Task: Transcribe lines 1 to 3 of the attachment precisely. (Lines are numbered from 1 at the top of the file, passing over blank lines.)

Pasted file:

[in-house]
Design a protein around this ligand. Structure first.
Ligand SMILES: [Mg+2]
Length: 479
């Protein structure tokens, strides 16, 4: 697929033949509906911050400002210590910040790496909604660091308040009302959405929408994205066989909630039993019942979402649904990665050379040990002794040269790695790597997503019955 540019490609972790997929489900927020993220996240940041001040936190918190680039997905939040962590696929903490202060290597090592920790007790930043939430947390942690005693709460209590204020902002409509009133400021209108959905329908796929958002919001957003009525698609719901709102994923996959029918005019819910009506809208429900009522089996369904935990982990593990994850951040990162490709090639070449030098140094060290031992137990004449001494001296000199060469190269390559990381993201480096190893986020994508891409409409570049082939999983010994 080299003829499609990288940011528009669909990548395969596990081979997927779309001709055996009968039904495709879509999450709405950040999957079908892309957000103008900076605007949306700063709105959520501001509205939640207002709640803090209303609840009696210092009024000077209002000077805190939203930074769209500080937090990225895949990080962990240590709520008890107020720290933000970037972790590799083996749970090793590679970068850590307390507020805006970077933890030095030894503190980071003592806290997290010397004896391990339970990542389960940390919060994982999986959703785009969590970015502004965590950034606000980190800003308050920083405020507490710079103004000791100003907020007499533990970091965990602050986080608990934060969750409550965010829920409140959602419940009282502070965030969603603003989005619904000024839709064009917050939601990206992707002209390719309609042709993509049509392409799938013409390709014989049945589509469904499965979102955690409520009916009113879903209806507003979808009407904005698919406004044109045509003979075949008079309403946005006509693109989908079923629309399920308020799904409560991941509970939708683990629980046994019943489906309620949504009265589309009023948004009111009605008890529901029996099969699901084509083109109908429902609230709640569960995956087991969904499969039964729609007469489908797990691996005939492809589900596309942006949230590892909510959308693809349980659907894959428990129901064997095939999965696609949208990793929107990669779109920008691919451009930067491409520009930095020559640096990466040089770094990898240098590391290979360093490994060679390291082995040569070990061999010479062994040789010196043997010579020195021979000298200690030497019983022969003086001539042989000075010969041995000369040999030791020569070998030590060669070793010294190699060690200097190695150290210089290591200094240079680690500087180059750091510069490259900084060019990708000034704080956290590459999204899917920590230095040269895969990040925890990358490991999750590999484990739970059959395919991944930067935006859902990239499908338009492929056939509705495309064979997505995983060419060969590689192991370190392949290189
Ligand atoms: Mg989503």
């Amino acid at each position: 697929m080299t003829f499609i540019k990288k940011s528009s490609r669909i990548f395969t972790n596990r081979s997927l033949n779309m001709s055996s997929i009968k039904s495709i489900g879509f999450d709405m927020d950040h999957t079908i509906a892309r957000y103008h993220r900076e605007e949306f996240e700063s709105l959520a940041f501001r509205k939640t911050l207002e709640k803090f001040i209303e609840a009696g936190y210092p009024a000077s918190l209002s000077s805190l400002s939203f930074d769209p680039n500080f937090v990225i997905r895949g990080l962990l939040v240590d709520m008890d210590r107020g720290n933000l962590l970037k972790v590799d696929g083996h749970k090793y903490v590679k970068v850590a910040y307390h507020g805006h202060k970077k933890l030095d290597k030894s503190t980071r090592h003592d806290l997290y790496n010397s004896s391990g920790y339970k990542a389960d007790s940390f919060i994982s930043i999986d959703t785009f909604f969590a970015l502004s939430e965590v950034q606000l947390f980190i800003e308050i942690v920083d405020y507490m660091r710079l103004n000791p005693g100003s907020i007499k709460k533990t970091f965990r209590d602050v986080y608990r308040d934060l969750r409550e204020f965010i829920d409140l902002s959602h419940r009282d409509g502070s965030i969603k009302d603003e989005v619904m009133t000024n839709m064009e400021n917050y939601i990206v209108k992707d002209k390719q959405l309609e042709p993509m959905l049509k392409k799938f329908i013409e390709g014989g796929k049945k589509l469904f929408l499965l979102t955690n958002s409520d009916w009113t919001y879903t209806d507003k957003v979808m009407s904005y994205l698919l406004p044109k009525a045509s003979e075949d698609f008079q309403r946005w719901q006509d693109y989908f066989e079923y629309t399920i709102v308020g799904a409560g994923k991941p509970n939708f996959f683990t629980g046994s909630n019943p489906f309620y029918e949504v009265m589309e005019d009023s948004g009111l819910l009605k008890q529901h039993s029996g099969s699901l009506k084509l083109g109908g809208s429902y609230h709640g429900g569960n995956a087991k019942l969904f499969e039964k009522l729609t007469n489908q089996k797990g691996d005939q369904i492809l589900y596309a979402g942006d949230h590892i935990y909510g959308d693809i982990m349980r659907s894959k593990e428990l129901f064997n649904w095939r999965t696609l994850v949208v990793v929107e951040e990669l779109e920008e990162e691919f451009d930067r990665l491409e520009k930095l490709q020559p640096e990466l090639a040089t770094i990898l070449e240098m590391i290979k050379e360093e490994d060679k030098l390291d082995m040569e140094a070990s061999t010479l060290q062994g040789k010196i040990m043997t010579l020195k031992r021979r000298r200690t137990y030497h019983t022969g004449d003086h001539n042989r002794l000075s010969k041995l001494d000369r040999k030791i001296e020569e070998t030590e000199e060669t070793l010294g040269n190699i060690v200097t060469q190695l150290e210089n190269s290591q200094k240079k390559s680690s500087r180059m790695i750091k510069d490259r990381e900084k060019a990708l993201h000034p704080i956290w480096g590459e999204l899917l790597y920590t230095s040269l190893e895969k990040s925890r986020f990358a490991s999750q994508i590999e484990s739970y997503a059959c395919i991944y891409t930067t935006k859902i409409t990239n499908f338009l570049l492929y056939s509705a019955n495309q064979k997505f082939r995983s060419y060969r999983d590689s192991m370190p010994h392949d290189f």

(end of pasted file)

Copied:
[in-house]
Design a protein around this ligand. Structure first.
Ligand SMILES: [Mg+2]